Revision as of 20:32, 4 June 2019 by Marionumber1 (Put in LE category)
- 1 Biography
- 2 Occupations
- 3 Controversies
- 4 Political connections
- 5 References
- 6 External links
San Diego police officer
Federal drug enforcement
Orem UT police chief
Utah Department of Public Safety
Omaha NE police chief
Aurora IL police chief
Wilmington NC police chief
Justice Department consulting
John Singer murder
Main article: Franklin child sex ring
Gary Gilmore case
- From p.??? of The Franklin Scandal by Nick Bryant: "As Orem’s police chief, Wadman received national press because his department played an instrumental role in apprehending killer Gary Gilmore—Wadman even made it into Norman Mailer’s bestselling book, The Executioner’s Song, about the Gilmore murder spree."
- Suspicious aspects of the Gilmore case
- From p.193 of Programmed to Kill by Dave McGowan: "Also in October, Utah’s notorious Gary Gilmore, immortalized in a disinformational Norman Mailer book and a made-for-TV movie, was convicted and sentenced to death. Gilmore immediately and improbably began campaigning to become the first man executed in the United States since 1962. He succeeded, earning himself an appearance before a Utah firing squad on January 19, 1977, and opening the doors to the resumption of state executions.27 Just over a week later, Bundy was taken to Aspen to stand before Judge George Lohr and answer to the charges filed against him in the Campbell case. It would not be the last time that a high-profile execution immediately preceded an important court appearance by Ted Bundy."
- From p.198 of Programmed to Kill by Dave McGowan: "To insure that Bundy stuck to the script and entered the guilty pleas, the state of Florida executed John Spenkelink just six days before Ted’s scheduled court appearance. The message sent to Bundy could not have been any clearer: take the deal or you too will have an appointment with Florida’s “Old Sparky.” To further drive that point home, Ted was brought to appear in the very same courtroom where Spenkelink had been condemned to die, with many of the same actors in attendance. For a time, Bundy was even represented by Spenkelink’s attorney, Brian Hayes. Spenkelink was, curiously enough, only the second man executed in this country since 1962, the first being, of course, the aforementioned Gary Gilmore. Before his electrocution, Spenkelink was asked if he had any final statement, to which he replied: “I can’t talk. The [chin] strap is too tight.” That was the only statement he was allowed to make."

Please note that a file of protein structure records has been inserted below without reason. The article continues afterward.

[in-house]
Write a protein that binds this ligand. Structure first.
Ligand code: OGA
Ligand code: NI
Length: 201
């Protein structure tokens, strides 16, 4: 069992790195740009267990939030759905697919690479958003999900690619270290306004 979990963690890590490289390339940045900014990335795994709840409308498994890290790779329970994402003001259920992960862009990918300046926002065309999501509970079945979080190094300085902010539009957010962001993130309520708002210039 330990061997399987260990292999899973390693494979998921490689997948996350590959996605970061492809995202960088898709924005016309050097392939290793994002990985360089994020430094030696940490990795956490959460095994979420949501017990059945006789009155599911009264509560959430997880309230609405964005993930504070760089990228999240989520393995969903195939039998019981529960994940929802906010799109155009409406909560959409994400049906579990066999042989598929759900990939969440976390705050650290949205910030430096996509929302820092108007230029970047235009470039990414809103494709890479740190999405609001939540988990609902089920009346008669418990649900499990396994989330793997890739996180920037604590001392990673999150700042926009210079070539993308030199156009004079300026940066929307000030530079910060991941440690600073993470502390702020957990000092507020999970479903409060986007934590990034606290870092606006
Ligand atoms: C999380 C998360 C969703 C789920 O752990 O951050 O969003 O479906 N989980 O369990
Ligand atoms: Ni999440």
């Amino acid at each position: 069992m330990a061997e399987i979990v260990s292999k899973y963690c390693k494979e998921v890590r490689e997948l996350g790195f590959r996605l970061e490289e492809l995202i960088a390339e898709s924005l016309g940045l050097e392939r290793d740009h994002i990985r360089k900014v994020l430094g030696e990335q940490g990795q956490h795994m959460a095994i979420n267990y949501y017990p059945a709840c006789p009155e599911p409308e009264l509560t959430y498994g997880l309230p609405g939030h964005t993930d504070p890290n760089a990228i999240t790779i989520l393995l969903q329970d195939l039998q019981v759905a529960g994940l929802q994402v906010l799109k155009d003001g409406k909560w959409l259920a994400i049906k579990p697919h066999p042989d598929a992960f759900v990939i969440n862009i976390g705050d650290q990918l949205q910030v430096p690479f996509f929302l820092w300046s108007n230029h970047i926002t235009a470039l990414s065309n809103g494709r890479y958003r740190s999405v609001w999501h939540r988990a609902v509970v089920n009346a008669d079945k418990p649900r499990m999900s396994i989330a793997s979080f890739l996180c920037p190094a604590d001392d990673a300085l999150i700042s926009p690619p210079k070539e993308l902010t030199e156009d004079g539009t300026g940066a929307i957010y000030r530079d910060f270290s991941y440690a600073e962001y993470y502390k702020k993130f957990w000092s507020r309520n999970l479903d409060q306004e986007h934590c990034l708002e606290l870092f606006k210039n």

- Gilmore's brother was Mikal Gilmore, a Rolling Stone contributing editor (Rolling Stone, "Exclusive: Bob Dylan on His Mystical Rebirth", 2012/09/18)
- UPI, "Promoter Lawrence Shiller testified today an uncle of Gary...", 1983/09/28
- New York Times, "The Birth of ‘Just Do It’ and Other Magic Words", 2009/08/19: "TO the list of great copy writers in advertising, add an unlikely name: Gary Gilmore. Mr. Gilmore, the notorious spree-killer, uttered the words “Let’s do it” just before a firing squad executed him in Utah in 1977. Years later, the phrase became the inspiration for Nike’s “Just Do It” campaign."
John Singer murder
- Case 4 (begins on p.107) of Police State: How America's Cops Get Away with Murder by Gerry Spence (2015)
- Court documents from Singer v. Wadman
- United States District Court for the District of Utah, nos. C-80-0212, C-82-0037W: Singer v. Wadman, "595 F. Supp. 188", 1982/09/03
- United States Court of Appeals for the Tenth Circuit, Vickie Singer, et Al, Plaintiffs-appellants, v. Robert Wadman, et Al, Defendants-appellees, "745 F.2d 606", 1984/09/27
- Mike Boyle controversy
- From p.315 of The Gate City: A History of Omaha by Lawrence Harold Larsen: "In 1981, Veys, seeking reelection, lost to Michael Boyle, a lawyer and former Douglas County Election Commissioner."
- Wadman v. City of Omaha ruling on 1989/04/21 by the Supreme Court of Nebraska - affirms his 1986 firing for insubordination was lawful
- New York Times, "Armed, Sophisticated and Violent, Two Drug Gangs Blanket Nation", 1988/11/25 - mentions the Bloods and Crips from Los Angeles spreading to Omaha; quotes Wadman as saying that the gang presence in Omaha is "relatively small" compared to in other cities